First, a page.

The bus tour stops at a farm stand where you can buy produce and merchandise. A good way to support the Amish.
You'll see plenty of horse buggies on the bus tour. Be aware that the Amish don't like you to take pictures of them. (Wonder Why? Ask your tour guide!)
You are allowed to explore the village without paying for a tour.
There are bathrooms in the Amish Village, next to the schoolhouse. Just typical bathrooms nothing different/special about them.
We did both the Bus Tour and the House Tour. We arrived at 10 am and left the property at 12:44 pm. We did take our time exploring the Village, especially the schoolhouse and general store.
There are small gumball type machines available to feed the farm animals, bring quarters if you want to feed them. If you forget, you can always get change at the general store.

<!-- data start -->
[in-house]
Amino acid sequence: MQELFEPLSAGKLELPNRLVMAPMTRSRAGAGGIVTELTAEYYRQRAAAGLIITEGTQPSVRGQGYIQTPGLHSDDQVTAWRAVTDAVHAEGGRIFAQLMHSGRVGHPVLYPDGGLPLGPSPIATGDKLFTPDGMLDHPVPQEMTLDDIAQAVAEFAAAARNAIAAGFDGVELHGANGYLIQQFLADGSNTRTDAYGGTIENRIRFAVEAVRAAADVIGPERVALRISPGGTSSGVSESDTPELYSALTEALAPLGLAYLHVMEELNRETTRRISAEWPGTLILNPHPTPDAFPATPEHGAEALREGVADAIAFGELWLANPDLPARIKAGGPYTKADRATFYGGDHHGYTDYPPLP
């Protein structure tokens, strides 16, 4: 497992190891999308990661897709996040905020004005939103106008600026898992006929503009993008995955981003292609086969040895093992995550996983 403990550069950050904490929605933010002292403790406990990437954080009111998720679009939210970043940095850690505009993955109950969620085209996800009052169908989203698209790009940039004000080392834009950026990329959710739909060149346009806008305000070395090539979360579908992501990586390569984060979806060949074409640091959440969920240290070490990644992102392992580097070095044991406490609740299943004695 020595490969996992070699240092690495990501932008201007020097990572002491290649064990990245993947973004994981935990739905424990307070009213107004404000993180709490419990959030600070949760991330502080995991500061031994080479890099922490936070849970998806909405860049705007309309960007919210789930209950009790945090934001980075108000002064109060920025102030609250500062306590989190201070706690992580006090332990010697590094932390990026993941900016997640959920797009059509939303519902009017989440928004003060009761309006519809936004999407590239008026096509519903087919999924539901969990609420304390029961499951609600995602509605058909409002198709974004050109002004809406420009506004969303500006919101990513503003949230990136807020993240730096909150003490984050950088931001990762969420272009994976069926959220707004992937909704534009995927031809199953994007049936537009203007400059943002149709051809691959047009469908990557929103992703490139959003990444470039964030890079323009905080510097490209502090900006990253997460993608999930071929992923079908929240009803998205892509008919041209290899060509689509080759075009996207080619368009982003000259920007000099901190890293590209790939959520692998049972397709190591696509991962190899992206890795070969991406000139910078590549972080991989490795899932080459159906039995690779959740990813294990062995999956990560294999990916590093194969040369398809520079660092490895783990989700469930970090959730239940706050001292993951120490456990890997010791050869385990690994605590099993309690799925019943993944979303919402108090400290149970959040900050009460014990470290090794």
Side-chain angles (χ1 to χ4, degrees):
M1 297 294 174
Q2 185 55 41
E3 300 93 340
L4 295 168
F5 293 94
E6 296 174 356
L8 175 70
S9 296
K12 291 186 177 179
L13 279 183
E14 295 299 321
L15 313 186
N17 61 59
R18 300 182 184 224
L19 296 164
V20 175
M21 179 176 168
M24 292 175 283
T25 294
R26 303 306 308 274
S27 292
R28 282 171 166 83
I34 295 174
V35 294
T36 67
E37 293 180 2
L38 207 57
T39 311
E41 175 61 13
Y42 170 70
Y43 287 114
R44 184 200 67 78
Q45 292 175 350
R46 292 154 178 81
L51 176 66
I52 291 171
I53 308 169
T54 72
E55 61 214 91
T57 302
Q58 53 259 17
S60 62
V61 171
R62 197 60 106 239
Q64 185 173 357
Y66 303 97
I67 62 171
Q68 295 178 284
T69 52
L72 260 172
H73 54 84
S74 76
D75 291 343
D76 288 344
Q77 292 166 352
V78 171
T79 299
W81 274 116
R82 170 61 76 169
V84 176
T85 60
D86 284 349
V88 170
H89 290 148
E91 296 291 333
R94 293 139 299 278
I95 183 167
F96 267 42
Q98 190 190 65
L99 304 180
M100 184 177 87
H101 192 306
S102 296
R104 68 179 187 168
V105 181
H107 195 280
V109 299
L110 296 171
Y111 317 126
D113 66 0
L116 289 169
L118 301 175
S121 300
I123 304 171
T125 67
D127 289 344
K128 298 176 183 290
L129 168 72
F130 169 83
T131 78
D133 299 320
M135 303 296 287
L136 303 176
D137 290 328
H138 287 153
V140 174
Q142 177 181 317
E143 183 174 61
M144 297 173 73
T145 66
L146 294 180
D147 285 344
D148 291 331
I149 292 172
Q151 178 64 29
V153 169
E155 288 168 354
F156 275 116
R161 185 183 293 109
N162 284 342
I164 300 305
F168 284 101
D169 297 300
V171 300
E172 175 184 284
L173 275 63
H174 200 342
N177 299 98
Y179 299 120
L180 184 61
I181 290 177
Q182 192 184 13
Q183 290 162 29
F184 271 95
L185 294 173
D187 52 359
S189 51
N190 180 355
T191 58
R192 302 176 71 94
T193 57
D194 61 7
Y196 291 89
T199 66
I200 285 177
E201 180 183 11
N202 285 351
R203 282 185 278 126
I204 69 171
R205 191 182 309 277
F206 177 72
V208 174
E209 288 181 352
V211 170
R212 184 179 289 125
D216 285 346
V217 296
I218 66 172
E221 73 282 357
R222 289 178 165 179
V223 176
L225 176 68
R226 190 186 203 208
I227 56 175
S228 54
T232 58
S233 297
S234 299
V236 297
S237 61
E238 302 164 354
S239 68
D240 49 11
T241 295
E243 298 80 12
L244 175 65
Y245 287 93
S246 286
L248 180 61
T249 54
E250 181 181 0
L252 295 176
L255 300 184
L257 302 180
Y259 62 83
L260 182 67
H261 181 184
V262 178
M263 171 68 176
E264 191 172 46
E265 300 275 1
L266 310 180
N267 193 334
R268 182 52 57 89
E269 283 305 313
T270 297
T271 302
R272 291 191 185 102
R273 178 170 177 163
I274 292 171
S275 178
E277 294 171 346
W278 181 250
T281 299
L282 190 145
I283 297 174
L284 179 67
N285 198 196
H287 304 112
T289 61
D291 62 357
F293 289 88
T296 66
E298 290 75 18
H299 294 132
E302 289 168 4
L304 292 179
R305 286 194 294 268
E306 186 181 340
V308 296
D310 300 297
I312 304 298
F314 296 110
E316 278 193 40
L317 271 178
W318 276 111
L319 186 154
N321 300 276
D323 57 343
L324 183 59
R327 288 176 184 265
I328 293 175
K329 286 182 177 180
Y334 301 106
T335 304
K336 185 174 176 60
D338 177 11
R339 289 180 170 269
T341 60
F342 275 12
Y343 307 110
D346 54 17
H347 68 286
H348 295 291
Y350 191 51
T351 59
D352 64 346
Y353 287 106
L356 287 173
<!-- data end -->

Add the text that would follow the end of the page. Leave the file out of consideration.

Finding the Amish Village
The Amish Village is located in Ronks, PA - 199 Hartman Bridge Road, Ronks PA. About a couple of miles from the Tanger Outlets in Lancaster.
Bus passing a horse and buggy during the tour.
|September 5, 2018|
Crayola Experience Store
Recently we visited the Crayola Experience in Easton, PA. We have a lot of fun at the general Experience - more about that in a later post. This weeks post is all about the Crayola Experience Store.
You can visit the store without paying for the Crayola Experience.
The store looks pretty cool, as you walk in you see a large colorful wall in the back of the store.
That's where the experience kind of ends.
We were a bit disappointed in the Crayola Store product selection. We thought they would have more unique Crayola merchandise. In fact, they didn't carry some basic crayon packs.
- We visited during the busy "Back to School" shopping season and they didn't really have anything to promote "Back to School." I was thinking that Staples actually had more Crayon box options than the Experience Store.
- We brought our Back to School shopping list - so we could get some Crayola items. We thought it would be a fun way to get school supplies. They didn't carry the right number of pens or crayons that we needed - we ended up getting the supplies at Staples.